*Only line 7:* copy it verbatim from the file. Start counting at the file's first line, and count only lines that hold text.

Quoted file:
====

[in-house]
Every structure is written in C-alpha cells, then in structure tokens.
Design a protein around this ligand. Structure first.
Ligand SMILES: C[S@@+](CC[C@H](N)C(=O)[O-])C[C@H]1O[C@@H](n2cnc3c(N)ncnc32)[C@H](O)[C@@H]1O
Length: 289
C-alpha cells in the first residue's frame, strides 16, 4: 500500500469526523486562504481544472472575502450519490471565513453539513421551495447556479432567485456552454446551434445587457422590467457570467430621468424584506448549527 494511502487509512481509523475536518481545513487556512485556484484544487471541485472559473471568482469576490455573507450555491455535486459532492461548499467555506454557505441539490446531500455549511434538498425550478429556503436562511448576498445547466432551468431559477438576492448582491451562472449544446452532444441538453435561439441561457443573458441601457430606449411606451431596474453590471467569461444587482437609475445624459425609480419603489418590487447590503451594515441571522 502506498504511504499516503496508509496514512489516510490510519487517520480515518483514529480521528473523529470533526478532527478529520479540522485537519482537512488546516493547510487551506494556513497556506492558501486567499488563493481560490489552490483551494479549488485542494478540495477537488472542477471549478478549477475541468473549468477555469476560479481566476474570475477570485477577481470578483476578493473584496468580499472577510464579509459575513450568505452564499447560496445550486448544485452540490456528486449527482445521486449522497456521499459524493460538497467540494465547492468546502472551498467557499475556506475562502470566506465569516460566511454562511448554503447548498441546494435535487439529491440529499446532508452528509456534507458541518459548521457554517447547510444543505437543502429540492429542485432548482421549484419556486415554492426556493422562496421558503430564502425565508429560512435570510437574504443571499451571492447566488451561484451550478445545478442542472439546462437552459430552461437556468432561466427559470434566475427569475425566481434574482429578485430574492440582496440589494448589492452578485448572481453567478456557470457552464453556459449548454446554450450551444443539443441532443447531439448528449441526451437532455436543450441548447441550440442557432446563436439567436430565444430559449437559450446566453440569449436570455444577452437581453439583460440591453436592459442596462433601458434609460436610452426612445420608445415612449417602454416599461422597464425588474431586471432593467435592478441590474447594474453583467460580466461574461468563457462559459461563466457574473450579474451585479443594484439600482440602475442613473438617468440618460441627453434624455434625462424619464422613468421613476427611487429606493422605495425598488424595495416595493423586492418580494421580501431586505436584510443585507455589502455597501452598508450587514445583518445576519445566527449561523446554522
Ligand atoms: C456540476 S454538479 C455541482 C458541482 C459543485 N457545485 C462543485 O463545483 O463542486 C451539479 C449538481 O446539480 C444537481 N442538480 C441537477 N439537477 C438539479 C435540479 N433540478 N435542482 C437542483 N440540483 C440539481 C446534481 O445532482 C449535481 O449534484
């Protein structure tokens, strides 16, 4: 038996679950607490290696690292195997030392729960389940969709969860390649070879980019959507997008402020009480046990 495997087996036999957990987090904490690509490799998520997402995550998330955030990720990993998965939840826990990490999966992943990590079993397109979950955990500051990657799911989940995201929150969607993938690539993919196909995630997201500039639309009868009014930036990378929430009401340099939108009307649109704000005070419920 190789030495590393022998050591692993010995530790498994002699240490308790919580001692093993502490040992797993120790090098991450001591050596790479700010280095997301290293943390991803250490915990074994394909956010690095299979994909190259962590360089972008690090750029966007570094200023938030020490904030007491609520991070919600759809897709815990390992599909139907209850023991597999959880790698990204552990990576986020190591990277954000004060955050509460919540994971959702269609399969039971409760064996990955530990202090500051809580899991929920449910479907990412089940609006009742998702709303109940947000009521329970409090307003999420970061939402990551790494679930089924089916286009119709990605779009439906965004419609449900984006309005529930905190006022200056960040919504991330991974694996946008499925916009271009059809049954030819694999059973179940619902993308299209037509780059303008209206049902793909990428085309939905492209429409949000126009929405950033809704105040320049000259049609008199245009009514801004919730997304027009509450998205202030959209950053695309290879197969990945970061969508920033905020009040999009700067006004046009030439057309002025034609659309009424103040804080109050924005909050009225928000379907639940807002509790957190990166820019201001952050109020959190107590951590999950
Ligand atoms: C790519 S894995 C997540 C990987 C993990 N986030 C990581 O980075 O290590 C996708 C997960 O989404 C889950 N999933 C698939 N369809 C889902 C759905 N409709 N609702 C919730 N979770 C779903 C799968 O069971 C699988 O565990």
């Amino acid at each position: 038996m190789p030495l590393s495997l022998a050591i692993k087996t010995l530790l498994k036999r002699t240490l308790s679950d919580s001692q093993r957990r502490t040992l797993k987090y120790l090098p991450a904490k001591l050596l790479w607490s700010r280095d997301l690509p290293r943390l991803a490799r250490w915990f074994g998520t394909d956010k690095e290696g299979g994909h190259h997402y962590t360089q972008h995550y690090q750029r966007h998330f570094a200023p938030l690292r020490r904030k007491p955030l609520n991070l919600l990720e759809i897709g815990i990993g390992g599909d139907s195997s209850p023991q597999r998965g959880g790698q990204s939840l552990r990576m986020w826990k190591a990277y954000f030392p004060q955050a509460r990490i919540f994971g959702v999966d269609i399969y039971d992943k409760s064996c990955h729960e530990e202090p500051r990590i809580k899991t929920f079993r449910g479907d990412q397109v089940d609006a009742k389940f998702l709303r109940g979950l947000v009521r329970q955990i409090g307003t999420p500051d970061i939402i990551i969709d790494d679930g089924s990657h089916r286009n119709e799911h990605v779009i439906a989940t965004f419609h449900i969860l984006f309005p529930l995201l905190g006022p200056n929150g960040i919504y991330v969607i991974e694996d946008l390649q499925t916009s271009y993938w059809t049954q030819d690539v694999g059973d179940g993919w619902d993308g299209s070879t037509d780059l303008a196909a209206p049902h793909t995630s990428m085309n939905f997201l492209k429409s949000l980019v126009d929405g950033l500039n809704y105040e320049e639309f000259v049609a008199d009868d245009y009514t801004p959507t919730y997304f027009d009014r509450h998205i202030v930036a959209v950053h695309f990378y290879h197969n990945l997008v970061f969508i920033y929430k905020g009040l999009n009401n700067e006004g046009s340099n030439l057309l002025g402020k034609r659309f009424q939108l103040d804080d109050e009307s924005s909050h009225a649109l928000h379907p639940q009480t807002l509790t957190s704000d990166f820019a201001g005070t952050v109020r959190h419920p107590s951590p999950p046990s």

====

Ligand atoms: C456540476 S454538479 C455541482 C458541482 C459543485 N457545485 C462543485 O463545483 O463542486 C451539479 C449538481 O446539480 C444537481 N442538480 C441537477 N439537477 C438539479 C435540479 N433540478 N435542482 C437542483 N440540483 C440539481 C446534481 O445532482 C449535481 O449534484